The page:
Obtaining birth certificates for military children born overseas

Written by janice farnsworth
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Obtaining birth certificates for military children born overseas
For families, living overseas is a normal part of military life. (world map image by Attila Toro from Fotolia.com)

Military families travel the world, which means that often, their children are born overseas. They are U.S. citizens. Birth certificates issued for a child born overseas are different from those issued in the United States. Children born overseas must be registered with the consulate in that country. If the certificates are lost or damaged, they are not as easily replaced as birth certificates, but there are steps you can take to obtain a replacement through the State Department.

Skill level:
Easy

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Things you need

  • Damaged FS-240 (Consular report of birth) or notarised affidavit stating original was lost (if applicable)
  • Notarised written request for FS-240
  • $50 fee
  • Notarised written request for DS-1350

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Instructions

  1. 1

    Request, in writing, a replacement copy of the Consular Report of Birth (FS-240). Have the request notarised. Include in the request the full name of the child at birth (plus any adoptive names); the date and place of birth; the names of the subject's parents; the serial number of the FS-240 (on those issued after Nov. 1, 1990), if known; any available passport information; and the signature of the requester.

  2. 2

    Enclose the damaged FS-240 or, in the case of loss, write an affidavit containing the name, date, place of birth of the subject and a statement detailing the whereabouts of the original FS-240. The statement must be signed by the subject, a parent or a legal representative. Have the affidavit notarised.

  3. 3

    Include a £32 fee, made payable to the Department of State. Enclose a copy of a valid photo identification.

  4. 4

    Mail the required documents to:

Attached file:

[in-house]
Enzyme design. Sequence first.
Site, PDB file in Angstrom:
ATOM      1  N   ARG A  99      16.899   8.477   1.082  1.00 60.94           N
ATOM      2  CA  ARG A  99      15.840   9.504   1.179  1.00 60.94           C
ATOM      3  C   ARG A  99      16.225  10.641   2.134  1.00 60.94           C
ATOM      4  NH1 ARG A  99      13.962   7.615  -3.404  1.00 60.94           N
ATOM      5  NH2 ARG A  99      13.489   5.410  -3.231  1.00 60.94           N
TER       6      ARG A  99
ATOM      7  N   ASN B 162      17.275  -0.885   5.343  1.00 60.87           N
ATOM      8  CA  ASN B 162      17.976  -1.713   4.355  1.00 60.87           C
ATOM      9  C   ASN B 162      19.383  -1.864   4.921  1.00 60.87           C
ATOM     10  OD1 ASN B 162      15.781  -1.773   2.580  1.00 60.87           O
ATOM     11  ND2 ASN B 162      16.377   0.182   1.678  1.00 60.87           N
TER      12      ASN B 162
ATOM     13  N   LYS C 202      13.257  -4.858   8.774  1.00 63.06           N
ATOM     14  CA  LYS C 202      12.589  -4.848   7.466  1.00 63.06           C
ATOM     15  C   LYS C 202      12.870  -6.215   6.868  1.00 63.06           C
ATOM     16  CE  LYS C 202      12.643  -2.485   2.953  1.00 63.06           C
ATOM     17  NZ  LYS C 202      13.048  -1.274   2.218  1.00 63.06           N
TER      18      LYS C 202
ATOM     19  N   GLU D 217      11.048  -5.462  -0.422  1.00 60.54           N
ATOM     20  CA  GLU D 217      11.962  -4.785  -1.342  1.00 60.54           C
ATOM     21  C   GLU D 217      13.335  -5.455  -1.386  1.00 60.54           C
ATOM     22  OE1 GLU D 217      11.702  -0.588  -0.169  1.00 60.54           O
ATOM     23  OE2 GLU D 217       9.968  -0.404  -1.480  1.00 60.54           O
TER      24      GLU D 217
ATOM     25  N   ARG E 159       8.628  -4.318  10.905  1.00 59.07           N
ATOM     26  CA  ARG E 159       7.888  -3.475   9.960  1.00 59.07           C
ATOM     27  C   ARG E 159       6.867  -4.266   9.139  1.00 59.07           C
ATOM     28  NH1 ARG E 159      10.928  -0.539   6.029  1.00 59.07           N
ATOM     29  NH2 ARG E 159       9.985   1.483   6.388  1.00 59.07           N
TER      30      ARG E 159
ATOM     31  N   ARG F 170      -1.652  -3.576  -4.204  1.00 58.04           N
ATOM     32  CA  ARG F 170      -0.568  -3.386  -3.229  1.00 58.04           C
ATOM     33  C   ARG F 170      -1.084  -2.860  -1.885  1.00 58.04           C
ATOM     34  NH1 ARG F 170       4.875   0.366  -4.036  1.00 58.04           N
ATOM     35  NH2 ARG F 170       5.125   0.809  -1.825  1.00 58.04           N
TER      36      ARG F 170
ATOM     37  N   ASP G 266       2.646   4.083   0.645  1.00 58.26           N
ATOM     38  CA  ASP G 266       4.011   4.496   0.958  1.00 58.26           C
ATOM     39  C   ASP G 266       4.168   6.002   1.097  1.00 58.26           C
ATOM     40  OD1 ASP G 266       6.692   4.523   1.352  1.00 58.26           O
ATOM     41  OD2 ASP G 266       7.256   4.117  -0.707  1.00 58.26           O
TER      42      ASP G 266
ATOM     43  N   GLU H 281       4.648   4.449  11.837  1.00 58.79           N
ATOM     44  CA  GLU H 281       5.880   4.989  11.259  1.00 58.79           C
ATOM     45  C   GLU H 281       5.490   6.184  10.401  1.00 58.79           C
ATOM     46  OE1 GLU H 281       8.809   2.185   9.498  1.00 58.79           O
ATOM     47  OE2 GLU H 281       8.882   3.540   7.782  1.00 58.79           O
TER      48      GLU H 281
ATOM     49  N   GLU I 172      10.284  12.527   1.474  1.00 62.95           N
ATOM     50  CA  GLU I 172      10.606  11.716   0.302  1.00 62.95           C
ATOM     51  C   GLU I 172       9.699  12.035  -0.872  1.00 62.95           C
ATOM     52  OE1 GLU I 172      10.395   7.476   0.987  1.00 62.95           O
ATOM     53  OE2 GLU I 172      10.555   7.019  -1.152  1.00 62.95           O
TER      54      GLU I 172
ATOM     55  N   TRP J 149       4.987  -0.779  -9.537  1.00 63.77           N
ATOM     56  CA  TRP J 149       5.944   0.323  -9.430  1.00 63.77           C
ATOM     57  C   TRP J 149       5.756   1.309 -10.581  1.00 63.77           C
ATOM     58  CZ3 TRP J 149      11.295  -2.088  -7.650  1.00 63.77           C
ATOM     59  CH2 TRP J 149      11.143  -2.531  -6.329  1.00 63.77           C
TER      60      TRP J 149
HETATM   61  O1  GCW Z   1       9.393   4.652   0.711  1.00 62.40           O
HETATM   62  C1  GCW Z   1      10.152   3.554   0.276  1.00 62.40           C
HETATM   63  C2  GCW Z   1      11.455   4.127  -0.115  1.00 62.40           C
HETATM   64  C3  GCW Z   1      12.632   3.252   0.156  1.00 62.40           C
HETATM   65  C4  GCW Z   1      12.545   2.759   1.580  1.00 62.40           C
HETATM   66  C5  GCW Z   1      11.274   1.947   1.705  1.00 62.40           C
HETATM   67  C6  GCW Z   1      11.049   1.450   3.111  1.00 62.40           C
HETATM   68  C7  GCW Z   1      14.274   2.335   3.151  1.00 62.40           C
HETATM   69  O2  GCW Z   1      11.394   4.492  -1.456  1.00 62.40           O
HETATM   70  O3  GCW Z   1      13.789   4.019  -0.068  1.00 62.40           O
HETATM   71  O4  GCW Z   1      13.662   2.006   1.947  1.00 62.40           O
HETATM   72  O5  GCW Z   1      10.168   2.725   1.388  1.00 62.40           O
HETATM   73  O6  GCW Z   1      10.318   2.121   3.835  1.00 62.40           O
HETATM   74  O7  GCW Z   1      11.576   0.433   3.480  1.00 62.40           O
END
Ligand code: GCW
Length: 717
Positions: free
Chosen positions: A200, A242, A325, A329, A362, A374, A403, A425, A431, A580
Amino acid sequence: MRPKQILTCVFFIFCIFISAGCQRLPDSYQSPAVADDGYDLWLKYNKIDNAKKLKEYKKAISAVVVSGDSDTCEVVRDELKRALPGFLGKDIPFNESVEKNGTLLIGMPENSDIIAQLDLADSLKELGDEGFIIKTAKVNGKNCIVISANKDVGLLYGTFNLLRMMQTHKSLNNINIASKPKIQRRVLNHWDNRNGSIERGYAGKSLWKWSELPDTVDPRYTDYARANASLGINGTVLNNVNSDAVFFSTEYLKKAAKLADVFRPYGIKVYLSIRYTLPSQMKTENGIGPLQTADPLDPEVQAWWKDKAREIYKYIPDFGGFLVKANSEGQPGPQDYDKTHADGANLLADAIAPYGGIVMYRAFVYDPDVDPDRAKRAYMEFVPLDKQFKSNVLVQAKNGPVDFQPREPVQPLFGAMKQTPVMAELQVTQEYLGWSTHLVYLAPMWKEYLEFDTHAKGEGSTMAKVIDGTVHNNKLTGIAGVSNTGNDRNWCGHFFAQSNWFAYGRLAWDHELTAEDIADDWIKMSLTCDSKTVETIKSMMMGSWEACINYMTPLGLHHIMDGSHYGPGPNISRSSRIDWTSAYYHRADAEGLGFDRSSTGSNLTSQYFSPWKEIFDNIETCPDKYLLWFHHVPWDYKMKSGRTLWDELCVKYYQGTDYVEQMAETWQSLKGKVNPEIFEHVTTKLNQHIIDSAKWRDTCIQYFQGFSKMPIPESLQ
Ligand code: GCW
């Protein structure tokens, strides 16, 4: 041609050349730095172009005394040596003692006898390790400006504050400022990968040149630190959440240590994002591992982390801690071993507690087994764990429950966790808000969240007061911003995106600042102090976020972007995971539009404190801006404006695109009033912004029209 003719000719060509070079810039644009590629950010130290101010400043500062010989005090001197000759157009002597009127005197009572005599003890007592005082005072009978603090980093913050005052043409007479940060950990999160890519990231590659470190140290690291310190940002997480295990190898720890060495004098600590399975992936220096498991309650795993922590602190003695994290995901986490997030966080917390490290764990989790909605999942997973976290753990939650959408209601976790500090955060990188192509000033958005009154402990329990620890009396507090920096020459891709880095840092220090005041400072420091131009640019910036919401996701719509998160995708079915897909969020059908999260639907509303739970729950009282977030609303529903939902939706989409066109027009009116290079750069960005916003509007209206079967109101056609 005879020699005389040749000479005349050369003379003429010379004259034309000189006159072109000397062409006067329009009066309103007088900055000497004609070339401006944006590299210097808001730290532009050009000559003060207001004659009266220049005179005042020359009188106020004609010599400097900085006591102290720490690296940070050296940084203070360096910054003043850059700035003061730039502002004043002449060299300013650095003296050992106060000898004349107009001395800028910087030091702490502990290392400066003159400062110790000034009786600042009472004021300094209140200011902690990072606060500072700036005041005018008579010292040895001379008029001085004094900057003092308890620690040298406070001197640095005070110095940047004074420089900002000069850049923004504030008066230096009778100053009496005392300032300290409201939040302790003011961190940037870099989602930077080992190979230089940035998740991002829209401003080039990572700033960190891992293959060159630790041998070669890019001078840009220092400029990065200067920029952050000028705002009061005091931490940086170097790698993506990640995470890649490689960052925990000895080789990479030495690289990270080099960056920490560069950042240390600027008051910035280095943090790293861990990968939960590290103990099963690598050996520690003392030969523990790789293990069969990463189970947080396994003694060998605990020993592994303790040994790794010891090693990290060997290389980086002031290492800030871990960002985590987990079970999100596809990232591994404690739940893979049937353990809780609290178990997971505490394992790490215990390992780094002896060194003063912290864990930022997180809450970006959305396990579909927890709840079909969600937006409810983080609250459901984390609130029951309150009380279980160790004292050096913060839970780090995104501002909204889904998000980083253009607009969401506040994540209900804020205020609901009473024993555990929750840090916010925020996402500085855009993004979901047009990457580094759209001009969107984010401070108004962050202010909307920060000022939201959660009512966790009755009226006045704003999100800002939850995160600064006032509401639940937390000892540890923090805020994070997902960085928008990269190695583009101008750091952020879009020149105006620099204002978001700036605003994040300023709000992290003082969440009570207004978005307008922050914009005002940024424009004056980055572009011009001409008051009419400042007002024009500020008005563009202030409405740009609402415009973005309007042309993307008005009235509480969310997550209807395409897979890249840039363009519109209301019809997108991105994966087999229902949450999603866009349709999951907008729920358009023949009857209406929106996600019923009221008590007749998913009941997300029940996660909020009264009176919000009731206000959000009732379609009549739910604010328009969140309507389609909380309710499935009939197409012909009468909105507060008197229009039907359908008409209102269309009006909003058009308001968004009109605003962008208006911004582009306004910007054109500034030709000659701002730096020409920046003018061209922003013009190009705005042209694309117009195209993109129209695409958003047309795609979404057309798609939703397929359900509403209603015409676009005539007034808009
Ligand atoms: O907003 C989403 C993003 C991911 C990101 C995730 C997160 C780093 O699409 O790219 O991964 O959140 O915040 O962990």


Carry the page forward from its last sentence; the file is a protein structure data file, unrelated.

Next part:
Vital Records Section

    Passport Services

    1111 19th St.. NW, Suite 510

    Washington, DC 20522-1705

    (see reference 1)

  5. 5

    202-955-0307 begin_of_the_skype_highlighting              202-955-0307      end_of_the_skype_highlighting begin_of_the_skype_highlighting              202-955-0307      end_of_the_skype_highlighting to make sure that requirements and fees have not changed. Call the vital records division at 202-955-0307 to make sure that requirements and fees have not changed.

  1. 1

    Request in writing a copy of the Certification of Report of Birth (DS-1350). Have the request notarised. Include in the request the full name of the child at birth (plus any adoptive names); the date and place of birth; the names of the subject's parents; the serial number of the FS-240 (on those issued after Nov.1, 1990), if known; any available passport information; and the signature of the requester. The DS-1350 is acceptable for all legal purposes. No affidavit is required to get a copy of it.

  2. 2

    Include a £32 fee, made payable to the Department of State. Enclose a copy of a valid photo identification.

  3. 3

    Mail the required documents to:

    Vital Records Section

    Passport Services

    1111 19th St. NW, Suite 510

    Washington, DC 20522-1705

  4. 4

    Call the vital records division at 202-955-0307 begin_of_the_skype_highlighting              202-955-0307      end_of_the_skype_highlighting begin_of_the_skype_highlighting              202-955-0307      end_of_the_skype_highlighting to make sure that requirements and fees have not changed.

Tips and warnings

  • Either the FS-240 or the DS-1350 are considered legal proof of citizenship.
  • Make payment by a check drawn on a bank in the United States or by money order.
  • Passport Vital Records walk-in services are available at the Washington Passport Agency:
  • 1111 19th St., Washington, DC 20524
  • Hours are 9 to 11 a.m. and 2 to 3 p.m. Monday through Friday. No appointment is necessary, but you must have valid identification to enter the agency.
  • Do not send cash for payment of the fee. The agency is not responsible for cash lost in the mail.

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